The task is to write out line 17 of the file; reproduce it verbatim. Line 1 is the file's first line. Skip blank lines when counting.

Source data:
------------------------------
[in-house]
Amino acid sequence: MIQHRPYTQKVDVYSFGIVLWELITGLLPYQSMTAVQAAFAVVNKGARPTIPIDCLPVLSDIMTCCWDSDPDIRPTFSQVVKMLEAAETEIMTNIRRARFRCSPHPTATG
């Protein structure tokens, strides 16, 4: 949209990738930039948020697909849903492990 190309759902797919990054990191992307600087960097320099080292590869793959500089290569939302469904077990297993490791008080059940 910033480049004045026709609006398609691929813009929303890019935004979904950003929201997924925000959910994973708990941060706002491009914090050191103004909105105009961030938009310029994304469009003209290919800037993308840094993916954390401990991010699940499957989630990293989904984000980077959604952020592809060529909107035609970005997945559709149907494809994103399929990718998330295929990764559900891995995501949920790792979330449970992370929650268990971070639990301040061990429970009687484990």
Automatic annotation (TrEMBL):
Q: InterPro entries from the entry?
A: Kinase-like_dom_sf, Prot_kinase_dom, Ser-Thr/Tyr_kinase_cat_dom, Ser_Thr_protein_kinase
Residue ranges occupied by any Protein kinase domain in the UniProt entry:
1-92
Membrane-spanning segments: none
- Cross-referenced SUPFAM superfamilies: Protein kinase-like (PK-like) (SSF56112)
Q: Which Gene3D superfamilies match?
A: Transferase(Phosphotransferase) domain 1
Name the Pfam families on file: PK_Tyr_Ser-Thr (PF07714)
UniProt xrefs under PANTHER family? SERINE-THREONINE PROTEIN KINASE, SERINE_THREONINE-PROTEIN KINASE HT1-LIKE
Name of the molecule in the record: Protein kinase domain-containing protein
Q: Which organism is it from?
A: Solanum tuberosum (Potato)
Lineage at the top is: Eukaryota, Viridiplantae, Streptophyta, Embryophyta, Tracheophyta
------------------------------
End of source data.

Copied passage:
A: Solanum tuberosum (Potato)